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Nature Education: A new (?) challenge


Wildlife sanctuary header

I have a really exciting announcement to make: I’ve been involved with the Yellowstone Wildlife Sanctuary on and off for sixteen years. It was called the Beartooth Nature Center back when I met then-Executive Director Ruth Brown. I’ve served on their board of directors on two separate occasions, emceed fundraisers for them, given poop talks, and made donations. My wife also volunteered, served on their board, and led tours.

But in less than two weeks, I will be a full-time employee of the Sanctuary. I’ll be combining my love of animals with my love of teaching as their Education Director.

Fear not!

The tea shop isn’t going anywhere! My daughter, Gwen, has been handling the day-to-day management for quite a while, my wife will still be involved, and I’ll still be doing events in the shop.

My writing won’t stop, either. For the vast majority of the time that I’ve been pumping out books, I’ve had a full-time job. And as Education Director, writing will be a big part of my job. You’ll hear a lot more from me both here and through the Sanctuary.

All the details!

For those who want to know everything, here’s the full text of the press release:


 

Red Lodge — 20 Feb 2018 — The Yellowstone Wildlife Sanctuary has hired Red Lodge resident Gary Robson as their new Education Director.

“We’re really looking forward to having Gary on board,” said Mark Eder, the President of the Sanctuary’s board of directors. “With his background and experience, he’s the perfect fit for the position, and he has the right personality for education and outreach.”

The Education Director position at the Yellowstone Wildlife Sanctuary has been vacant for almost six months, and the Sanctuary has been searching both locally and around the country for candidates. In his new role, Robson will be responsible for creating educational materials and curricula; conducting on-site education through tours and seminars; conducting outreach into schools, museums, and other organizations; setting up field trips; collaborating with other wildlife-focused nonprofits; and working with other staff members on the Sanctuary’s website and social media.

Gary Robson has a varied background. He has written dozens of books, with his children’s nature series, Who Pooped in the Park?, selling over 500,000 copies to date. His background is in technology, where he worked in software engineering and circuit design in the 80’s and 90’s. That turned into extensive work in accessibility technology for deaf people, and teaching computer courses for three colleges, including Rocky Mountain College in Billings.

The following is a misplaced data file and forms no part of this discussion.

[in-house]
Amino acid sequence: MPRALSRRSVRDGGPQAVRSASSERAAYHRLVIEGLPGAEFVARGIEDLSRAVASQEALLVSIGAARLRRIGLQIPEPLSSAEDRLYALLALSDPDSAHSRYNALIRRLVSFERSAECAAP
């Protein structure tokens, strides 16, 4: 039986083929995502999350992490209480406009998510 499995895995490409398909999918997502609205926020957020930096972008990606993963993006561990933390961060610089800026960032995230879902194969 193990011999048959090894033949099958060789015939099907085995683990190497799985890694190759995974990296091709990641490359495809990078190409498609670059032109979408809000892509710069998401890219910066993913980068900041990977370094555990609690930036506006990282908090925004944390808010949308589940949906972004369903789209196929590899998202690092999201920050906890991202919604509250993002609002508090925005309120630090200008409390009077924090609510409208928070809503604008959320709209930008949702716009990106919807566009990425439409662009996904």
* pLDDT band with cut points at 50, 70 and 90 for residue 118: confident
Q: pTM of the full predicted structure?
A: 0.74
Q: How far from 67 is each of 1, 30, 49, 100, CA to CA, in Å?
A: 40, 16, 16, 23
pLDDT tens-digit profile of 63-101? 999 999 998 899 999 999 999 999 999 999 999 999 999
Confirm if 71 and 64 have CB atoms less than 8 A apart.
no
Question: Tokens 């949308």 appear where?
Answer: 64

Robson has lived in Carbon County with his wife, Kathy, since 2001. They owned Red Lodge Books & Tea for 15 years, published the Local Rag newspaper, and currently own the Phoenix Pearl Tea Tavern, which is managed by their daughter, Gwen. Robson is a regular emcee for events in town, and is the announcer for the Home of Champions Rodeo Parade and the Winter Fest Parade.

“This job is an exciting new challenge for me,” Robson said. “It dovetails with all of my past work in education and nature, and takes me a step farther in my work with local nonprofits.” He has served on the boards of the Red Lodge Area Chamber of Commerce, Beartooth Elks, and the Festival of Nations, and been active on committees for the Convention & Visitors Bureau and the City of Red Lodge. He is currently a member of the Sanctuary board, but is stepping down when he starts the new job.

The Yellowstone Wildlife Sanctuary is a 501(c)3 nonprofit organization with the mission of providing lifelong sanctuary to non-releasable native wildlife and sharing a message of conservation and education. The Sanctuary was founded in 1987 when a group of concerned citizens took over the Red Lodge Zoological Society and created what was then called the Beartooth Nature Center.